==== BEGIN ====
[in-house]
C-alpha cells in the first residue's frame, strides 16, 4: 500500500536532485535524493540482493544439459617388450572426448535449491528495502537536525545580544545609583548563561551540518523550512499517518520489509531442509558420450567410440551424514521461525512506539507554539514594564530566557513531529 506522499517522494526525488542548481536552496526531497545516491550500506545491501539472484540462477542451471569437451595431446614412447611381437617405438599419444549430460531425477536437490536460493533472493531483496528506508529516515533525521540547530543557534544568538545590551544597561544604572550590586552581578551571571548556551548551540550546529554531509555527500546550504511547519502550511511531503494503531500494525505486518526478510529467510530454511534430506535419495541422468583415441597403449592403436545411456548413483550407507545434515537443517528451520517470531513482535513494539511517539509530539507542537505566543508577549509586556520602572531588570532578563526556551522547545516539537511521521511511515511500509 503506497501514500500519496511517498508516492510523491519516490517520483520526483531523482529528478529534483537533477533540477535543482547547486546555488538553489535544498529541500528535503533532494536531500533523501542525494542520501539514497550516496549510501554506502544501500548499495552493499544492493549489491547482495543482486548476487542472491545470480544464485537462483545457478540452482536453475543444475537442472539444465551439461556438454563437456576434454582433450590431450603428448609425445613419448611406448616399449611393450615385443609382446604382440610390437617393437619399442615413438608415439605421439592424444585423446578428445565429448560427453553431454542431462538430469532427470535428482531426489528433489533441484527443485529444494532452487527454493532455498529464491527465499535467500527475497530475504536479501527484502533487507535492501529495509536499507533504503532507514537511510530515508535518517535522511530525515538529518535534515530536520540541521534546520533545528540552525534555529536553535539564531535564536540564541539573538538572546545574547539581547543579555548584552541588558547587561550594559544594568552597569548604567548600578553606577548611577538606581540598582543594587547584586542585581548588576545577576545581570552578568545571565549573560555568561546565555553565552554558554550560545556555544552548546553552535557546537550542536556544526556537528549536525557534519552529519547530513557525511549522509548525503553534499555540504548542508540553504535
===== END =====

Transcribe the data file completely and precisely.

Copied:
[in-house]
C-alpha cells in the first residue's frame, strides 16, 4: 500500500536532485535524493540482493544439459617388450572426448535449491528495502537536525545580544545609583548563561551540518523550512499517518520489509531442509558420450567410440551424514521461525512506539507554539514594564530566557513531529 506522499517522494526525488542548481536552496526531497545516491550500506545491501539472484540462477542451471569437451595431446614412447611381437617405438599419444549430460531425477536437490536460493533472493531483496528506508529516515533525521540547530543557534544568538545590551544597561544604572550590586552581578551571571548556551548551540550546529554531509555527500546550504511547519502550511511531503494503531500494525505486518526478510529467510530454511534430506535419495541422468583415441597403449592403436545411456548413483550407507545434515537443517528451520517470531513482535513494539511517539509530539507542537505566543508577549509586556520602572531588570532578563526556551522547545516539537511521521511511515511500509 503506497501514500500519496511517498508516492510523491519516490517520483520526483531523482529528478529534483537533477533540477535543482547547486546555488538553489535544498529541500528535503533532494536531500533523501542525494542520501539514497550516496549510501554506502544501500548499495552493499544492493549489491547482495543482486548476487542472491545470480544464485537462483545457478540452482536453475543444475537442472539444465551439461556438454563437456576434454582433450590431450603428448609425445613419448611406448616399449611393450615385443609382446604382440610390437617393437619399442615413438608415439605421439592424444585423446578428445565429448560427453553431454542431462538430469532427470535428482531426489528433489533441484527443485529444494532452487527454493532455498529464491527465499535467500527475497530475504536479501527484502533487507535492501529495509536499507533504503532507514537511510530515508535518517535522511530525515538529518535534515530536520540541521534546520533545528540552525534555529536553535539564531535564536540564541539573538538572546545574547539581547543579555548584552541588558547587561550594559544594568552597569548604567548600578553606577548611577538606581540598582543594587547584586542585581548588576545577576545581570552578568545571565549573560555568561546565555553565552554558554550560545556555544552548546553552535557546537550542536556544526556537528549536525557534519552529519547530513557525511549522509548525503553534499555540504548542508540553504535